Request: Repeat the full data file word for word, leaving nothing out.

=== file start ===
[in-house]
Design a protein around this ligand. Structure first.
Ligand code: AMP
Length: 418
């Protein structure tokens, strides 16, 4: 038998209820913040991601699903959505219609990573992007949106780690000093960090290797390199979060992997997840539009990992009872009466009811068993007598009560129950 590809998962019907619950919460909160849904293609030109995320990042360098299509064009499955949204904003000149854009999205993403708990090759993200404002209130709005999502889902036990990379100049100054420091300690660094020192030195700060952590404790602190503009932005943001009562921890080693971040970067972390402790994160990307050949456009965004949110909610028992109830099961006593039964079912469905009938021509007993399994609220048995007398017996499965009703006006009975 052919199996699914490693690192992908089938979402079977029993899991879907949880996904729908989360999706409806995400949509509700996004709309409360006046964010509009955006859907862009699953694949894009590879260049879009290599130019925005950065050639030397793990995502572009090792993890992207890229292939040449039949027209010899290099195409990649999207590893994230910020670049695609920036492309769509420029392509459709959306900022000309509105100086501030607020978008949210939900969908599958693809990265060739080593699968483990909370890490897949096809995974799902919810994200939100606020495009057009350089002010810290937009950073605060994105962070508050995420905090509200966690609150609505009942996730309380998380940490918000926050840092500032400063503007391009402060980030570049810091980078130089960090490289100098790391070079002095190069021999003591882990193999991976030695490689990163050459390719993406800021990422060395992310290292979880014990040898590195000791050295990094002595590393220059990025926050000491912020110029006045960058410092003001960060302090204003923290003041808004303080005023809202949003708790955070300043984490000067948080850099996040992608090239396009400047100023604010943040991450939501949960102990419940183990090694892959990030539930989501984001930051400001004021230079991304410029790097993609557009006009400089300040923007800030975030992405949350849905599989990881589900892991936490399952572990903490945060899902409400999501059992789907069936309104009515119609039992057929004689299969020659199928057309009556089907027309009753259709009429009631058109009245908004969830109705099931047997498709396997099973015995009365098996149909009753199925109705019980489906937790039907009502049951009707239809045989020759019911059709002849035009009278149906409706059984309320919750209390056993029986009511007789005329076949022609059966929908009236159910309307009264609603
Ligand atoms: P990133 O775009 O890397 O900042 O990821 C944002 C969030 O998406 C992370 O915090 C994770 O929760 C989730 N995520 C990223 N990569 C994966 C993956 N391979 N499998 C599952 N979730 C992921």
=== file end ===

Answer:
[in-house]
Design a protein around this ligand. Structure first.
Ligand code: AMP
Length: 418
């Protein structure tokens, strides 16, 4: 038998209820913040991601699903959505219609990573992007949106780690000093960090290797390199979060992997997840539009990992009872009466009811068993007598009560129950 590809998962019907619950919460909160849904293609030109995320990042360098299509064009499955949204904003000149854009999205993403708990090759993200404002209130709005999502889902036990990379100049100054420091300690660094020192030195700060952590404790602190503009932005943001009562921890080693971040970067972390402790994160990307050949456009965004949110909610028992109830099961006593039964079912469905009938021509007993399994609220048995007398017996499965009703006006009975 052919199996699914490693690192992908089938979402079977029993899991879907949880996904729908989360999706409806995400949509509700996004709309409360006046964010509009955006859907862009699953694949894009590879260049879009290599130019925005950065050639030397793990995502572009090792993890992207890229292939040449039949027209010899290099195409990649999207590893994230910020670049695609920036492309769509420029392509459709959306900022000309509105100086501030607020978008949210939900969908599958693809990265060739080593699968483990909370890490897949096809995974799902919810994200939100606020495009057009350089002010810290937009950073605060994105962070508050995420905090509200966690609150609505009942996730309380998380940490918000926050840092500032400063503007391009402060980030570049810091980078130089960090490289100098790391070079002095190069021999003591882990193999991976030695490689990163050459390719993406800021990422060395992310290292979880014990040898590195000791050295990094002595590393220059990025926050000491912020110029006045960058410092003001960060302090204003923290003041808004303080005023809202949003708790955070300043984490000067948080850099996040992608090239396009400047100023604010943040991450939501949960102990419940183990090694892959990030539930989501984001930051400001004021230079991304410029790097993609557009006009400089300040923007800030975030992405949350849905599989990881589900892991936490399952572990903490945060899902409400999501059992789907069936309104009515119609039992057929004689299969020659199928057309009556089907027309009753259709009429009631058109009245908004969830109705099931047997498709396997099973015995009365098996149909009753199925109705019980489906937790039907009502049951009707239809045989020759019911059709002849035009009278149906409706059984309320919750209390056993029986009511007789005329076949022609059966929908009236159910309307009264609603
Ligand atoms: P990133 O775009 O890397 O900042 O990821 C944002 C969030 O998406 C992370 O915090 C994770 O929760 C989730 N995520 C990223 N990569 C994966 C993956 N391979 N499998 C599952 N979730 C992921």